Telling someone not to lose hope because they’re single is just bad theology. First, you’re assuming they are hopeless, which you can’t know at this point. Second, you’re telling them their hope should be found in another person which is just theologically wrong. Our hope is in Christ, nothing more or less; not that Christ will magically grant us all of our desires, but in Christ himself. By reaffirming the false promise that “God has someone for everyone,” you can only harm a single person. Soulmates aren’t promised in the Bible, guys. If you want to find terrible theology, Just run a Google Image search on “God has someone for you” and you’ll encounter platitude after platitude like the one above, ascribed to God, which are not biblical. You can either help singles continue to place their focus, dreams, and hearts on something that may or may not come true, stir up discontentment, confuse them about what promises are actually in the Bible, or just piss them off. If you tell a single person that they “just need to grow more mature, and more content in God, and then when they’re ready God will send a spouse,” you are lying to them. This is not a biblical statement, not a promise God makes, nor is it reality. There are a heck of a lot of messed up, discontent, immature married people, and many incredible single ones. Nothing good comes from preaching bad theology, false promises, and incorrect priorities through easy, quick, thoughtless small talk.
Ask Thoughtful Questions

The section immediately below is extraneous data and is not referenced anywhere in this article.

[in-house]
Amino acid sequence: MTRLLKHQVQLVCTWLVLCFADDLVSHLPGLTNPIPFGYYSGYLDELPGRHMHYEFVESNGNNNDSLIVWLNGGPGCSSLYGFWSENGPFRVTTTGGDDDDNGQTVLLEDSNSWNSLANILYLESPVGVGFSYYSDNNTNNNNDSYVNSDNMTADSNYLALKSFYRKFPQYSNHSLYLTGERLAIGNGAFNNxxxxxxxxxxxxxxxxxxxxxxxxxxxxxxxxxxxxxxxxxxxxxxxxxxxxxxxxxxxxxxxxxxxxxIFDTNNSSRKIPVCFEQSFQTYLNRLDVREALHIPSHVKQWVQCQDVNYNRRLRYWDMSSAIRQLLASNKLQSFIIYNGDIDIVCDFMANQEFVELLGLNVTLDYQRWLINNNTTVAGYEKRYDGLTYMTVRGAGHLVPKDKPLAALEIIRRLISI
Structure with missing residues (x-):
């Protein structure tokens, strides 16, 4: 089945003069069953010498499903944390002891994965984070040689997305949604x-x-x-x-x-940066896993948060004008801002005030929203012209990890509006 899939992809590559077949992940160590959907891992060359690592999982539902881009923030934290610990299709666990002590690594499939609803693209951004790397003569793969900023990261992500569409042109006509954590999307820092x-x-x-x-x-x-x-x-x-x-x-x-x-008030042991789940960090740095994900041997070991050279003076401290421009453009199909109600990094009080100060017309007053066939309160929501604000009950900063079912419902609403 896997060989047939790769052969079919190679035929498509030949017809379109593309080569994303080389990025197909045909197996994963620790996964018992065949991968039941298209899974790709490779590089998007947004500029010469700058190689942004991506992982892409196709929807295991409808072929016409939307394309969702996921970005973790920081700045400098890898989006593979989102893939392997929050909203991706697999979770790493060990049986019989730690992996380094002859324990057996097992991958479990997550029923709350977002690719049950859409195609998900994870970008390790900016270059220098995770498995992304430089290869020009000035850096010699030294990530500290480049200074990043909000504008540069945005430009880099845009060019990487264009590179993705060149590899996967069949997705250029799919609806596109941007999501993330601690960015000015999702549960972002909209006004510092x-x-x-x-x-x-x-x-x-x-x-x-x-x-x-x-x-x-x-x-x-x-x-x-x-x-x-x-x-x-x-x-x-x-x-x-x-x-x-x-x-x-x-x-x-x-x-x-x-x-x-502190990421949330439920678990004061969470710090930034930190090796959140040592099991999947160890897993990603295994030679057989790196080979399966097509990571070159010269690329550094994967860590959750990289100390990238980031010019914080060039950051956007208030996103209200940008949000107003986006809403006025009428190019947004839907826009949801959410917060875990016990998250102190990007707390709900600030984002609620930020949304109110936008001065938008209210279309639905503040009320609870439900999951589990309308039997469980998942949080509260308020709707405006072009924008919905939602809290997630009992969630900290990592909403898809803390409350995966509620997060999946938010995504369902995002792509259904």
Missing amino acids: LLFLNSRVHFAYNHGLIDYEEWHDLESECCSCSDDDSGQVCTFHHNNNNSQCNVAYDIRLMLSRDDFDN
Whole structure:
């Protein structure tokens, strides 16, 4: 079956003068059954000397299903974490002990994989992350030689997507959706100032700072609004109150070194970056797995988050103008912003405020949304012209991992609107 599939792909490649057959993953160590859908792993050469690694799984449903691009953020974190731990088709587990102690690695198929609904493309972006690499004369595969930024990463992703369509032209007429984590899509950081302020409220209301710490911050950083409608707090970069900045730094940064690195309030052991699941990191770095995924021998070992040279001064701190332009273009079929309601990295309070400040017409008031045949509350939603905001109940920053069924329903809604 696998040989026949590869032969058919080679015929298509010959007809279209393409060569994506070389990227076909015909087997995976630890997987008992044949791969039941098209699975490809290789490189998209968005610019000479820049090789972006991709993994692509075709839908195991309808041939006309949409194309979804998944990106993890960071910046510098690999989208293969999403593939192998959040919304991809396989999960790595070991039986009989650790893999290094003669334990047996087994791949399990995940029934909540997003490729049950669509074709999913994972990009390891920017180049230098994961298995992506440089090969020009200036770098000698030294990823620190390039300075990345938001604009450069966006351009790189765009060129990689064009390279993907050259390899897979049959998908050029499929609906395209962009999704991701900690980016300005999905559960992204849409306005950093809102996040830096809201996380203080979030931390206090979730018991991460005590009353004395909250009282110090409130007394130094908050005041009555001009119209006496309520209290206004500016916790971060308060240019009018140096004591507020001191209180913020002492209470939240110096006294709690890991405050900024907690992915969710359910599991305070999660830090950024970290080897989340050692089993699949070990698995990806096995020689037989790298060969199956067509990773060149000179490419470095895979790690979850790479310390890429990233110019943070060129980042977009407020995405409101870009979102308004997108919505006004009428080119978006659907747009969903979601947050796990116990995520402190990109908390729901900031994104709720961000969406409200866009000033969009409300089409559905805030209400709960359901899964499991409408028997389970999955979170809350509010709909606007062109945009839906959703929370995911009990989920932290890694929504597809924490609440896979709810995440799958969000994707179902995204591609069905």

Since I’ve inadvertently removed the next few inane comments you usually say when meeting someone, what should you do once the “are you married?” receives a glaring “no”? Rather than following it with one of the above problematic comments or standing awkwardly silent, may I suggest asking some thoughtful questions? Let’s rule out asking why someone is single, because most of us don’t know. If you’re just meeting me, some better questions to ask are “what do you spend a lot of your time doing? What are some of your interests? Can you tell me a bit about your job? What have you been up to this week? Are you reading any good books or watching any great shows lately?” There are literally hundreds if not thousands of other questions to ask that don’t have anything to do with the lack of a spouse or children. This doesn’t mean singleness should be completely off the table, as it is a big part of our lives. However, maybe hold off on this topic until you’ve invested a little bit more time in getting to know me. As a friendship forms, if you’d like to be able to actually help me in regards to this aspect of my life, feel free to ask questions like “How do you feel about being single?” and “How can I be an encouragement in this area in your life?” I’d rather get a well meaning question about my singleness than a comment, even if it’s an awkward one. A question reveals an interest in the other person’s experience rather than a patronizing assumption. Questions can lead to actually getting to know each other.